The Choices App: Stories You Play is an interactive game recommended to young teen girls with pinned scenes on Pinterest. It’s loaded with “choices” girls can make that include experimenting with a wide variety of sexual partners.
Picture this: you have a daughter starting her freshman year of college. She is smart, confident, grounded, and has the world at her feet. You want nothing but the best for her, and of course this includes her experience with higher education. Your daughter arrives for her first day on campus. Almost right away, she quite literally bumps into a young man, who explains that he doesn’t mind being “tackled” by a pretty girl.
Next, your daughter moves into her new home. She realizes both male and female students will be living there, and immediately wonders how many of her housemates – of either gender – she will “hook up” with. She meets her new roommate, a girl who encourages her to show up at a campus party where she will be seen by the entire student body wearing only a bikini. Finally, she meets a sorority girl with whom she instantly gets into a catfight over a guy, claiming victory not because of the words she used or how she chose to take the high road, but because of how great she looks in her bikini. Your daughter steps back, sighs contentedly, and says, “Now THIS is college!”
Dangers of Choices App: Stories You Play
Does this sound like your worst nightmare? Maybe it is, but it’s also a scenario typical of the game “Choices: Stories You Play,” an app for Apple and Android published by Pixelberry Media. The app allows players to choose an avatar and a name for themselves to use while navigating through a series of, well, choices. There are several different scenarios you can place yourself in and one of them is being a college freshman at a (fictional) top university. Though the avatars a female player can choose from are of varying skin tones and thus we are supposed to see them as racially diverse, they all have a few key things in common: they are all thin, scantily dressed, and stereotypically beautiful.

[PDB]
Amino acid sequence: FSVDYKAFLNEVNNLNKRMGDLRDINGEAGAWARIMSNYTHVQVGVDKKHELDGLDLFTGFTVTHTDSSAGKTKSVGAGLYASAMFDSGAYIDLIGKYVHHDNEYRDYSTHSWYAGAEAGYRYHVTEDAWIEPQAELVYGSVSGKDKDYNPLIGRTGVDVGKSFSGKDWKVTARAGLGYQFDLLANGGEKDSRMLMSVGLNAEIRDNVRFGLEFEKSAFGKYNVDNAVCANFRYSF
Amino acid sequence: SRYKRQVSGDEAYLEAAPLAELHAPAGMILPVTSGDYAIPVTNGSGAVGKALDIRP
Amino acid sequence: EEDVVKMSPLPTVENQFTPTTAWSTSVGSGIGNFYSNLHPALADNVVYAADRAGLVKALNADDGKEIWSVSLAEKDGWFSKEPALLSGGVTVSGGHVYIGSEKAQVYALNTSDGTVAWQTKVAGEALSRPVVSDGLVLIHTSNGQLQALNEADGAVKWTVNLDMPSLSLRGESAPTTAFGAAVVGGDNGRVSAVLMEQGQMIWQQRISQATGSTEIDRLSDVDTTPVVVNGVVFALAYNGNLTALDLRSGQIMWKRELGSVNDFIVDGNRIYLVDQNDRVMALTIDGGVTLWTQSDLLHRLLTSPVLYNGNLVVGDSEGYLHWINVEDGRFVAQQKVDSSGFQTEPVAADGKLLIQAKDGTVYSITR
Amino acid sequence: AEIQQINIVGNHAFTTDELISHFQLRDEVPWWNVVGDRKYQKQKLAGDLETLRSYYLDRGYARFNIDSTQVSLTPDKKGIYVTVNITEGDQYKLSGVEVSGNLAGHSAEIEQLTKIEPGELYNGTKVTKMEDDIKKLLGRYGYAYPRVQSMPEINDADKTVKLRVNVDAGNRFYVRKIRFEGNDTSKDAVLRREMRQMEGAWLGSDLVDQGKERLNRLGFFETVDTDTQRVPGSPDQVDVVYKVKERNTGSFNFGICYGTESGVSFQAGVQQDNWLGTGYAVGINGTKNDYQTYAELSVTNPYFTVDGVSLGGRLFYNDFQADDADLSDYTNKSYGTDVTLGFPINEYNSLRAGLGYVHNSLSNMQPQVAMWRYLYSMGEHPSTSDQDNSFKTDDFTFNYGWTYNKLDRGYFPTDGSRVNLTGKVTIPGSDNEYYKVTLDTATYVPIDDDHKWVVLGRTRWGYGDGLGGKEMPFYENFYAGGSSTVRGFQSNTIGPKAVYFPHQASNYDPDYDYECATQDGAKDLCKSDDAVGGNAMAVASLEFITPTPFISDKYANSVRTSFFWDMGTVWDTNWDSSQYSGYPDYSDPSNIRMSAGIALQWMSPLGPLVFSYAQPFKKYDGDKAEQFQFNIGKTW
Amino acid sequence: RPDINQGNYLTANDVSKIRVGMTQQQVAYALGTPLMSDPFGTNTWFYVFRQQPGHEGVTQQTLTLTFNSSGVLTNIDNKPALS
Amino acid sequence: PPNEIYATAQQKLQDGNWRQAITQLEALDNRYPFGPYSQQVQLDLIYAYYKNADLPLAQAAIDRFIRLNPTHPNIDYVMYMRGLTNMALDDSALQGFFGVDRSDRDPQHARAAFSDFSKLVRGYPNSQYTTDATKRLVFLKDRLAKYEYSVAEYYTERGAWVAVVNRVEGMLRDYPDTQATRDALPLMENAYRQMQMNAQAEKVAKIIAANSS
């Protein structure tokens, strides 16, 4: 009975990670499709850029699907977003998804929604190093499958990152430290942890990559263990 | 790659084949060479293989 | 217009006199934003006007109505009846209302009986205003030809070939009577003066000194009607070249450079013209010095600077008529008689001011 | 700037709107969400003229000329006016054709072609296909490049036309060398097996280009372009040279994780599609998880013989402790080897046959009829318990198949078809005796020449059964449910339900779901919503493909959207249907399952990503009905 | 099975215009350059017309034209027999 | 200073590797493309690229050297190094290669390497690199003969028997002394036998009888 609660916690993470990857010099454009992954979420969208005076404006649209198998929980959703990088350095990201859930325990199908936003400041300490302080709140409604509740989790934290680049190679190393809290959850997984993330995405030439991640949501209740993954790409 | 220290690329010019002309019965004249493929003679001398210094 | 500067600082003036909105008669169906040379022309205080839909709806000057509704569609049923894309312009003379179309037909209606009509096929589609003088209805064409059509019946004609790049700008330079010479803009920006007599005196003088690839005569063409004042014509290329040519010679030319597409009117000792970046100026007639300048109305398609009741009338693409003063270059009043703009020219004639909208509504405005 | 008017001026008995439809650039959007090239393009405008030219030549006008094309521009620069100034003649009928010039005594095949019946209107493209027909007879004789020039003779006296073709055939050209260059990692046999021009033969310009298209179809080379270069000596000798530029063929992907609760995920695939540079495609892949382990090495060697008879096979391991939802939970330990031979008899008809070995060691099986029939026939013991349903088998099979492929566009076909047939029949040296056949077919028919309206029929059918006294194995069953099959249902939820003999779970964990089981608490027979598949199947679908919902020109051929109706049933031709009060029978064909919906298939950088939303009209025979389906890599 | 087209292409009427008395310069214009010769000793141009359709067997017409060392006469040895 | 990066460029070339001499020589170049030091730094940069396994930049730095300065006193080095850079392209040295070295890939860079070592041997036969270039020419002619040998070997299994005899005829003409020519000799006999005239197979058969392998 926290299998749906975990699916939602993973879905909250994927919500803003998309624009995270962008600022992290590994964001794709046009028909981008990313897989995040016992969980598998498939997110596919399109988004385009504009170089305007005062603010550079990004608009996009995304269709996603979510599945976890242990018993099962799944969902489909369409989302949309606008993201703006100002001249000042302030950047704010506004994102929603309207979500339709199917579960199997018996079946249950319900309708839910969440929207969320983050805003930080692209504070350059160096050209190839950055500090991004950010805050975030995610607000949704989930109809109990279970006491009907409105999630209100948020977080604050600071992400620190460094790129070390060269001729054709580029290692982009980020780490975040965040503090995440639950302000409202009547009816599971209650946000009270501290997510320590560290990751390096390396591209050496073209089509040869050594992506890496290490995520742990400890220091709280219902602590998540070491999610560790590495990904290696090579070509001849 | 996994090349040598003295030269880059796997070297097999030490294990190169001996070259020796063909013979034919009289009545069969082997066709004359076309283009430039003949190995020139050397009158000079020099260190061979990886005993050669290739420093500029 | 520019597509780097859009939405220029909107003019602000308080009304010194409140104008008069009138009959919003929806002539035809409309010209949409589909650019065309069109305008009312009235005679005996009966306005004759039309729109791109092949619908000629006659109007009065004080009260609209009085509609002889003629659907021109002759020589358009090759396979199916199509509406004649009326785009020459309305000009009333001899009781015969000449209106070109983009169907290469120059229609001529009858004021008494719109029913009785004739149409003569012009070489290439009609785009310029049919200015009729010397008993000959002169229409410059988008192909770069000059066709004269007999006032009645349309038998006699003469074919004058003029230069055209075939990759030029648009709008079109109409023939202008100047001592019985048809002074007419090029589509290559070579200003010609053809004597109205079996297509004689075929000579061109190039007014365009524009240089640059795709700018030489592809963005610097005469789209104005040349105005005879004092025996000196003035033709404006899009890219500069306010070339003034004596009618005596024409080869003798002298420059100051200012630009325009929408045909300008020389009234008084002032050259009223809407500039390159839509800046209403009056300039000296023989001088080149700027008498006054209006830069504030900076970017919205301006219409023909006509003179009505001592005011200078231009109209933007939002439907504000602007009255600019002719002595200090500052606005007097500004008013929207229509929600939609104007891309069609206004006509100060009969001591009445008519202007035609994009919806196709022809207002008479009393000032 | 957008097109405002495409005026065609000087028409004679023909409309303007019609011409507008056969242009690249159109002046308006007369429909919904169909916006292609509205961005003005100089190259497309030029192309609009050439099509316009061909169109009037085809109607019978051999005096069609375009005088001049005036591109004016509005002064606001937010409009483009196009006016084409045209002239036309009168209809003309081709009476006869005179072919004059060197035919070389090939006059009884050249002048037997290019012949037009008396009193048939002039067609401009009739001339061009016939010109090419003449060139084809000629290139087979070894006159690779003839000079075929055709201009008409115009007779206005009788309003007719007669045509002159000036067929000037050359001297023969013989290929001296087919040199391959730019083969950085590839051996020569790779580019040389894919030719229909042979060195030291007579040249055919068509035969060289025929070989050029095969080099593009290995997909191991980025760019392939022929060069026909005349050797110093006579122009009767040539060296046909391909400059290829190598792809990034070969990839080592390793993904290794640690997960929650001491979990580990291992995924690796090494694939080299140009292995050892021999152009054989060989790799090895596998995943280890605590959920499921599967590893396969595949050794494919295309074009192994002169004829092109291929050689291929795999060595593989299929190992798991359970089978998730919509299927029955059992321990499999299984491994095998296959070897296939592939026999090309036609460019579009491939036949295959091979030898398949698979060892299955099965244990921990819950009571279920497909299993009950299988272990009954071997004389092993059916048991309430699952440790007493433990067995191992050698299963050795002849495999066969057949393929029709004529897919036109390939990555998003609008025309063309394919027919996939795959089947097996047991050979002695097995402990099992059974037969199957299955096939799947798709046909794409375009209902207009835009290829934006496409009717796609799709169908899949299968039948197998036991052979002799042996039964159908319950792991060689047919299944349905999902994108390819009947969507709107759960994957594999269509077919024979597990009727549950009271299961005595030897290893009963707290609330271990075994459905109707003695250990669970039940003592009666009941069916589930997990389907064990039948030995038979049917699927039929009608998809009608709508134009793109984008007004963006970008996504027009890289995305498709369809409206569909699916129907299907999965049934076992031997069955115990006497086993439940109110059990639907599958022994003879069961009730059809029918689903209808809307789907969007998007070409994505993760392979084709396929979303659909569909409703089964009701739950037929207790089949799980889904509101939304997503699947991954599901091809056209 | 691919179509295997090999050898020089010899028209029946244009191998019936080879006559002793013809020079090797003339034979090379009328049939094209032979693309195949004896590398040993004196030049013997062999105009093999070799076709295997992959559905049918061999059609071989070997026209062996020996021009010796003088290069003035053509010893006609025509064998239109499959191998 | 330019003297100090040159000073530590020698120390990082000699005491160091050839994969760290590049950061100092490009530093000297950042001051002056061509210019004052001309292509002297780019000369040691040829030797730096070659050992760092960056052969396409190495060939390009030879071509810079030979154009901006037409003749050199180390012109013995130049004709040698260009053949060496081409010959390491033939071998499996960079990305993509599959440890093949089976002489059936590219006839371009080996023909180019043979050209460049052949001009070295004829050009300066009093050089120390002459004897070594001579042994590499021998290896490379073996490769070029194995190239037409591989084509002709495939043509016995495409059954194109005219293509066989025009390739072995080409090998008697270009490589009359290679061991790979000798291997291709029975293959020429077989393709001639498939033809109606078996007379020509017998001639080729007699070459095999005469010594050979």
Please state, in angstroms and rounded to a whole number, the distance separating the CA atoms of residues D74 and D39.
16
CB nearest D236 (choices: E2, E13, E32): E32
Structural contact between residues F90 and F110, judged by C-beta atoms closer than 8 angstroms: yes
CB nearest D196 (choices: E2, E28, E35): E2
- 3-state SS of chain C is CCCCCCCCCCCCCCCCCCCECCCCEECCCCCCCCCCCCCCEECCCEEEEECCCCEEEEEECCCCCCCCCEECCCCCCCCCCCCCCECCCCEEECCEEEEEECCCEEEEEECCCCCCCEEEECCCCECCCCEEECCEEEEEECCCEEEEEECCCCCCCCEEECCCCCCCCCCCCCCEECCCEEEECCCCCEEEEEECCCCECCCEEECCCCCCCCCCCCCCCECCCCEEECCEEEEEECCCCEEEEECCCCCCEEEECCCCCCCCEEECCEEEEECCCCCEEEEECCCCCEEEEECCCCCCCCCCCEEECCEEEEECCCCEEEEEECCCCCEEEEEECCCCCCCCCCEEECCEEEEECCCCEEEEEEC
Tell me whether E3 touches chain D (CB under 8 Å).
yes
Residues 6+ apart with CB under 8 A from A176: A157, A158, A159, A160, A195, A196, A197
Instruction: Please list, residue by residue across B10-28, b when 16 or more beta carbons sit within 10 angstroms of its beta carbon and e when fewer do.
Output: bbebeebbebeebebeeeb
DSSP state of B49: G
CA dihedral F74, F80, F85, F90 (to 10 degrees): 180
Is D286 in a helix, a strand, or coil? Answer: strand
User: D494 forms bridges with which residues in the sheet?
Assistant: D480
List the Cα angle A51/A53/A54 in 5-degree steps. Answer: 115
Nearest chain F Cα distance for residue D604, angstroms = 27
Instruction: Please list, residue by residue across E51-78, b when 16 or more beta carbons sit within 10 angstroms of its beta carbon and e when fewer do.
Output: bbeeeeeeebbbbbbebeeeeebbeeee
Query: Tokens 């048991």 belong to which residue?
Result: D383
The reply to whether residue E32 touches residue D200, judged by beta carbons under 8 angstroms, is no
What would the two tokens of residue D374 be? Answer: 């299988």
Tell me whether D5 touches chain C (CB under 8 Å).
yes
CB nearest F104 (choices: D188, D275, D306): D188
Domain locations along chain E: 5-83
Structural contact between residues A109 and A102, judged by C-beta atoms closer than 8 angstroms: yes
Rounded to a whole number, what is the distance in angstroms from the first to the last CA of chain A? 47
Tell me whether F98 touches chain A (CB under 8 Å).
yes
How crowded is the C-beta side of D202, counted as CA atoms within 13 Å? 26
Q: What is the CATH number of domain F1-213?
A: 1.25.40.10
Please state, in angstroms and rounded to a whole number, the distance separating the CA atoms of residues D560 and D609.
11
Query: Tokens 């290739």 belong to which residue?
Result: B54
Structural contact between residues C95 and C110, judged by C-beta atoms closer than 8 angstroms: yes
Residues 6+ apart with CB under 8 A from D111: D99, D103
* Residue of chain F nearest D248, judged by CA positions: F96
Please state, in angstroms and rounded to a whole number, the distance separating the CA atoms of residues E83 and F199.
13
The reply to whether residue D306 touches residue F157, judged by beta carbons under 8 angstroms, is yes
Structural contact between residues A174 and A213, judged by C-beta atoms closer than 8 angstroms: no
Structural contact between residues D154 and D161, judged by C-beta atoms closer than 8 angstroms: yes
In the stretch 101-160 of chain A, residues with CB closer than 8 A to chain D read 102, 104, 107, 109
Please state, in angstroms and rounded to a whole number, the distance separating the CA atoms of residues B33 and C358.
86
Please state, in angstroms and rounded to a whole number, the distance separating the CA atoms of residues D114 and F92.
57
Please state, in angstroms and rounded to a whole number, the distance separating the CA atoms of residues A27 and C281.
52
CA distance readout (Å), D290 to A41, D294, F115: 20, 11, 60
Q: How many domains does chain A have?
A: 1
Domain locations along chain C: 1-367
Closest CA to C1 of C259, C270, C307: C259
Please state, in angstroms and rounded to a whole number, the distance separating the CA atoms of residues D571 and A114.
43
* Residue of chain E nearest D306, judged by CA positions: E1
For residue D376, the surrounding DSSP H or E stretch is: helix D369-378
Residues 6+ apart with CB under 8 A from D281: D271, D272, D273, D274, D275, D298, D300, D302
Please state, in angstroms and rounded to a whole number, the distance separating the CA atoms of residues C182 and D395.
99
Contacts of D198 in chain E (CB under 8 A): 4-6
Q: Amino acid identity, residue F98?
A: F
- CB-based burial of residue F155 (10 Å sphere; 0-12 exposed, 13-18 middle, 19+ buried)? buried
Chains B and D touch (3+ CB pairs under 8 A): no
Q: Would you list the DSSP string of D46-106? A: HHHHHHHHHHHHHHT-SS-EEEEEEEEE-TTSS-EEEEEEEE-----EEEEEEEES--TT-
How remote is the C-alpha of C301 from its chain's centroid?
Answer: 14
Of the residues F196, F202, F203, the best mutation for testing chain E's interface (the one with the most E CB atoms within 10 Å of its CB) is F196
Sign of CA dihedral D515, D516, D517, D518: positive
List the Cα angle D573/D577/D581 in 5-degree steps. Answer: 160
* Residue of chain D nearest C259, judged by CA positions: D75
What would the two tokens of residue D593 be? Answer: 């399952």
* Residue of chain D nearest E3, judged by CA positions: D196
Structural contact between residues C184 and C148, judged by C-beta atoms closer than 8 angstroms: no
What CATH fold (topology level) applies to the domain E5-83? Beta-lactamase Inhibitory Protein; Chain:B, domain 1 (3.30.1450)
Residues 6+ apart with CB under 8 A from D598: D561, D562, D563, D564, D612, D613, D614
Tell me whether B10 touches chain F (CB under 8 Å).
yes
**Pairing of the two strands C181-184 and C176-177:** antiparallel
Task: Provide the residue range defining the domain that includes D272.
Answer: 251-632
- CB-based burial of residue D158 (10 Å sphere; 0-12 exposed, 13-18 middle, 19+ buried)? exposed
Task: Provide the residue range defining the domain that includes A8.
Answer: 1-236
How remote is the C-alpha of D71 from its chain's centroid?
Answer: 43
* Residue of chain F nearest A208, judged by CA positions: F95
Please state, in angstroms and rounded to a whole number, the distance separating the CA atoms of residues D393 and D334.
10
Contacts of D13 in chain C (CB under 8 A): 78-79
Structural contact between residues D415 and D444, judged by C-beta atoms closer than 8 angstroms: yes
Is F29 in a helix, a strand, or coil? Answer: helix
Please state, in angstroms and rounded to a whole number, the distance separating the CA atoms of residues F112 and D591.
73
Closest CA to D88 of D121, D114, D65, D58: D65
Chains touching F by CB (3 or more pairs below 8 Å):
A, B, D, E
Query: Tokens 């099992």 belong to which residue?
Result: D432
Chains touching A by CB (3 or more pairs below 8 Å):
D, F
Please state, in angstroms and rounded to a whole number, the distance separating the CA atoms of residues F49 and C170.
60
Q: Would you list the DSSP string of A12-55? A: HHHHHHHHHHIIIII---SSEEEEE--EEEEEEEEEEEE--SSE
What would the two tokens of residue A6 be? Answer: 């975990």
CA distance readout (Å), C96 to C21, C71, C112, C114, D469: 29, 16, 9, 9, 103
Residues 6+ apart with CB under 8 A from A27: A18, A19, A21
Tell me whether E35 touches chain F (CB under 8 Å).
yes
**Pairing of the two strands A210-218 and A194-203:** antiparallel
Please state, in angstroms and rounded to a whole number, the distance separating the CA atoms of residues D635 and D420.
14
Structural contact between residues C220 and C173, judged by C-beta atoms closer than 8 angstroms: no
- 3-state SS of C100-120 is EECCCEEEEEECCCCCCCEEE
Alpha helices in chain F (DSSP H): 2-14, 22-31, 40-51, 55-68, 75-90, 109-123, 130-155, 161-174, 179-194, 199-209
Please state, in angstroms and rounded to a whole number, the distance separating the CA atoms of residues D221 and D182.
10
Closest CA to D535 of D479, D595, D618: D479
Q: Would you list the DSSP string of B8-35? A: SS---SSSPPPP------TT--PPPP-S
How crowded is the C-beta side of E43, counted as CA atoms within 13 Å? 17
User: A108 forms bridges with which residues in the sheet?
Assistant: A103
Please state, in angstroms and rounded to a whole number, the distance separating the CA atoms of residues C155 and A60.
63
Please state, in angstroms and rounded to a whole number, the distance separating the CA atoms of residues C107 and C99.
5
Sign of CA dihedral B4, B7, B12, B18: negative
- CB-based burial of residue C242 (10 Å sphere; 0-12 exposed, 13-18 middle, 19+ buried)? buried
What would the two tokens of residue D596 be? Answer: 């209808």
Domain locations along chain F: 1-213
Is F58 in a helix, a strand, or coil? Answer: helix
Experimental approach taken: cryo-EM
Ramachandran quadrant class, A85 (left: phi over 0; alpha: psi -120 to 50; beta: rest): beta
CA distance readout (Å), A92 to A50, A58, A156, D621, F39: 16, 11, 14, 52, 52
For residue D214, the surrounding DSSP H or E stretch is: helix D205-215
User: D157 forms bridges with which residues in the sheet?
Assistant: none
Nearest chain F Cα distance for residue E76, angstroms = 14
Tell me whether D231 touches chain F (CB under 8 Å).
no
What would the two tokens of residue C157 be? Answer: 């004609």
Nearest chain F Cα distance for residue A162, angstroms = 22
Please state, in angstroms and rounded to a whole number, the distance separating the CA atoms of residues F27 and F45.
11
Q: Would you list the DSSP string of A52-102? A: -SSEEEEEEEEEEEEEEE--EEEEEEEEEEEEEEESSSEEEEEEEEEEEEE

Because the game is interactive, and the outcomes of each different scenario are dependent on what the player chooses, there are many ways the whole pretty-young-college-freshman scenario can play out. However, one thing is clear: this game is rife with stereotypes that are damaging to young women and men alike. Females are adversaries to one another, competing to see who can better sexually attract a man, and men are pieces of meat to be fought over who only value women for their looks. In the round I played, my avatar got into an argument (over a guy, naturally) with another character. She was then told by her roommate, “Your bikini won you an enemy,” and “Your first day and you already have a nemesis, you are so lucky!” because in the world of Choices, girls are meant to be valued based primarily on their physical appearance and to compete for attention from guys, rather than lift each other up.
Why this is concerning